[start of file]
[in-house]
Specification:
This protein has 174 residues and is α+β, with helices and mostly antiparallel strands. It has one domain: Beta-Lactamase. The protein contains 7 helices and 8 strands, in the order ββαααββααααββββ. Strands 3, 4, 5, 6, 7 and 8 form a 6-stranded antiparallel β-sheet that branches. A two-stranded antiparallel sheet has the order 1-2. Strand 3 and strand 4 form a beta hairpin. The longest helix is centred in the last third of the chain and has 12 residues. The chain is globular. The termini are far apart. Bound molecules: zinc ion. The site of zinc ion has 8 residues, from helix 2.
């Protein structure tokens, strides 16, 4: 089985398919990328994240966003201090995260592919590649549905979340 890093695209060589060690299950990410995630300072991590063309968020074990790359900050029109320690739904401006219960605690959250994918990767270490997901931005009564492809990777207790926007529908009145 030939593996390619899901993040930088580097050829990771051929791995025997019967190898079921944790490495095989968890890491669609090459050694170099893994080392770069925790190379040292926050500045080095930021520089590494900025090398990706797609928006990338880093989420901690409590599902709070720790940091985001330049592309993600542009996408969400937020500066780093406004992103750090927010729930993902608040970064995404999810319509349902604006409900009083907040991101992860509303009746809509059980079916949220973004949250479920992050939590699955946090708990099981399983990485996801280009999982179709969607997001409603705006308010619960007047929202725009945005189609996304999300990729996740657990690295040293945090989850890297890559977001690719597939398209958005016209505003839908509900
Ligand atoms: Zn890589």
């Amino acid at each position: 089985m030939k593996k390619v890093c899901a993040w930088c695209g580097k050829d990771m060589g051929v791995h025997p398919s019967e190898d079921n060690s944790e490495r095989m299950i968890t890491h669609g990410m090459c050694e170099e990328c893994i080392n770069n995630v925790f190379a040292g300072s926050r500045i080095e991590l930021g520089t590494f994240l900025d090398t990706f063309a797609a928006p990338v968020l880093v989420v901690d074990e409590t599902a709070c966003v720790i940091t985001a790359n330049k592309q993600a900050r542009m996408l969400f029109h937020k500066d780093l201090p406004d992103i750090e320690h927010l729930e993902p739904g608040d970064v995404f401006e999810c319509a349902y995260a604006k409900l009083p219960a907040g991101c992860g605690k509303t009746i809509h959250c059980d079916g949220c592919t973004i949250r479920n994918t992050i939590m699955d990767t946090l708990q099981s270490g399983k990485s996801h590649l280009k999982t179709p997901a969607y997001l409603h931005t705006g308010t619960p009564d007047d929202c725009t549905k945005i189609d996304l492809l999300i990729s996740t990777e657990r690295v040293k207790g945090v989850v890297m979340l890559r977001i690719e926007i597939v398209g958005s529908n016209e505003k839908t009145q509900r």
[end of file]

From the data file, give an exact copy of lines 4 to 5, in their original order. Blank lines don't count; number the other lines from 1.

């Protein structure tokens, strides 16, 4: 089985398919990328994240966003201090995260592919590649549905979340 890093695209060589060690299950990410995630300072991590063309968020074990790359900050029109320690739904401006219960605690959250994918990767270490997901931005009564492809990777207790926007529908009145 030939593996390619899901993040930088580097050829990771051929791995025997019967190898079921944790490495095989968890890491669609090459050694170099893994080392770069925790190379040292926050500045080095930021520089590494900025090398990706797609928006990338880093989420901690409590599902709070720790940091985001330049592309993600542009996408969400937020500066780093406004992103750090927010729930993902608040970064995404999810319509349902604006409900009083907040991101992860509303009746809509059980079916949220973004949250479920992050939590699955946090708990099981399983990485996801280009999982179709969607997001409603705006308010619960007047929202725009945005189609996304999300990729996740657990690295040293945090989850890297890559977001690719597939398209958005016209505003839908509900
Ligand atoms: Zn890589």